Achebe, as a post-colonial critic, depicts the process of colonization in an honest, brutal way that reveals the colonizers to be cold, unsympathetic people who do not view the Igbo as valued human lives. In order to properly set this up though, the culture and lifestyle of the Igbo must be clearly established in order to fully demonstrate the extent of the changes that take place. In doing this, Achebe writes:

The evil you have done can ruin the whole clan. The earth goddess whom you have insulted may refuse to give us her increase, and we shall all perish.” His tone now changed from anger to command. “You will bring to the shrine of Ani tomorrow one she-goat, one hen, a length of cloth and a hundred cowries. (22)
As I previously discussed, though the Igbo lacked an established justice system, they did have a system of conflict resolution. This differs from a justice system in that the goal was not necessarily to punish the accused, but to cleanse their soul and allow them to receive forgiveness in the eyes of the gods. The course of action someone living in Umuofia takes when they have done something wrong is not random; it is deeply considered and well though out. Despite their complex culture, the Igbo were still savages in the eyes of the Europeans as a result of racist, imperialist attitudes. Upon their intervention in the region, they stripped the Igbo of many of their customary practices in order to make them easier to control. Ogede specifically addresses the harm done by the colonizing powers, writing “It’s the vibrancy of the Igbo culture on display that makes the conflict that threatens to break it down not only all the more dramatic but also disconcerting” (30). There is so much life to the Igbo’s culture, as Ogede points out, that to erase that culture is tantamount to taking the life of the Igbo themselves. In the case of Okonkwo, after realizing the extent of how much his culture has changed and how different his people are than they used to be, he simply cannot live with himself. He demands change, and is met with confusion and silence, a reaction that proves for Okonkwo, who soon after takes his own life. Even upon his death, the colonizers do not understand what they have done to these people. Ogede goes on with analysis, explaining, “Far from being the vision of disorder and darkness painted by Europe, this is a society running smoothly on its own system of law and justice, morality and religion; its own method of burying its dead, and of self-regeneration” (31). The Eurocentric views of the colonizers, Ogede argues here, are completely dismissive of the strong, rich Igbo culture. At best, these views are disrespectful. At worst, they are life threatening. The disregard of a people’s culture leads to a disregard of everything those people stand for. When people have no value, why even bother to treat them with any amount of dignity? This is the logic of the colonizers, and it is this logic that makes their abuse of the Igbo so effortless and without remorse. Mackenzie further dissects this European view and its affects, explaining that the Igbo’s culture was in no way inferior to that of the Europeans but merely different. However, he elaborates, “That difference became a source of vulnerability. The religious codes and practices of Umuofia, unchallenged for centuries and perhaps millennia, had not evolved strategies for adaptation or confrontation” (Mackenzie 8). The Igbo culture, as Mackenzie explains, is not one of weakness. Okonkwo, as a leader, values strength above all else, and much of the respect others have for him comes from his strength. However, the Igbo never had any need to develop a system of cultural defense, so upon the arrival of the Europeans, they were left with their hands tied. The events that occur after the arrival of the colonizers in Umuofia represent the struggles of all colonized peoples and their forced assimilation.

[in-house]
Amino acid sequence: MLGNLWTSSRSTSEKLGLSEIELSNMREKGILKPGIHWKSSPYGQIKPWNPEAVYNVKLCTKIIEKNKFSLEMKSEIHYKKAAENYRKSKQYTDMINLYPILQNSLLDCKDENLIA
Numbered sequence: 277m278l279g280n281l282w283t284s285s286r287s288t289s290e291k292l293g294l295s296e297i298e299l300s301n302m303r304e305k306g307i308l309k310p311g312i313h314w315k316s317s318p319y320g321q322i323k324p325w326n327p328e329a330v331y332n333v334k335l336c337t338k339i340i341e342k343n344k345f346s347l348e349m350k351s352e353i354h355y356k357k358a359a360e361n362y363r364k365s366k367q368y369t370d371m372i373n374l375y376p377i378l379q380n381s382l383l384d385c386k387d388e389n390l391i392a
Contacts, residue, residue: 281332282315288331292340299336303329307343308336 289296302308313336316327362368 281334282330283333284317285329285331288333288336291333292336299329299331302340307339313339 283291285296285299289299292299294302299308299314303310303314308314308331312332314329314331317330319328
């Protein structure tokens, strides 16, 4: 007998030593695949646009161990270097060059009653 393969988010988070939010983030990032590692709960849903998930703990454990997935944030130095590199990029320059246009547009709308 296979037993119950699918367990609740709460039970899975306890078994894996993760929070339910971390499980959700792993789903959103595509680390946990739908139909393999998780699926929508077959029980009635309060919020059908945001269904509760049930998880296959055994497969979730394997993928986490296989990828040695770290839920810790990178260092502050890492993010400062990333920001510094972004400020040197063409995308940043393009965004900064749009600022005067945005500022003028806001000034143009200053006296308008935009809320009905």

In Things Fall Apart, Achebe makes a compelling case in favor of colonized peoples and their struggles, particularly in their need to assimilate as a means of survival. The Igbo culture that Achebe portrays in the text is rich and complex, and upon the colonization of their region, so much of that rich culture is destroyed. It is Okonkwo’s suicide that punctuates Achebe’s main points in the text, disturbingly depicting the effects of colonization on the human spirit and body and what comes to fruition when one is unable to adapt. The new historicist and post-colonial critical lenses through which the text can be seen are essential in that they allow for Achebe’s truth to best understood. The ability of many colonized people to assimilate to the culture of their oppressors is difficult for countless reasons, but it is undeniably a necessity in ensuring their survival, as Achebe makes clear in his text.

Works Cited

Achebe, Chinua. Things Fall Apart. New York: Anchor, 1994. Print.
Mackenzie, Clayton G. "The Metamorphosis of Piety in Chinua Achebe's Things Fall Apart." Research in African Literatures 27.2 (Summer 1996): 128-138. Rpt. in Contemporary Literary Criticism. Ed. Jeffrey W. Hunter. Vol. 127. Gale, 2000. Literature Resource Center. Web. 26 Mar. 2016.
Ogede, Ode. "Reading Things Fall Apart: The Communal World, the Embattled Zones of Conquest, and the Decline of Tradition." Achebe’s Things Fall Apart. London: Continuum, 2007. 39-82. Rpt. in Contemporary Literary Criticism. Ed. Lawrence J. Trudeau. Vol. 370. Farmington Hills, MI: Gale, 2015. Literature Resource Center. Web. 26 Mar. 2016.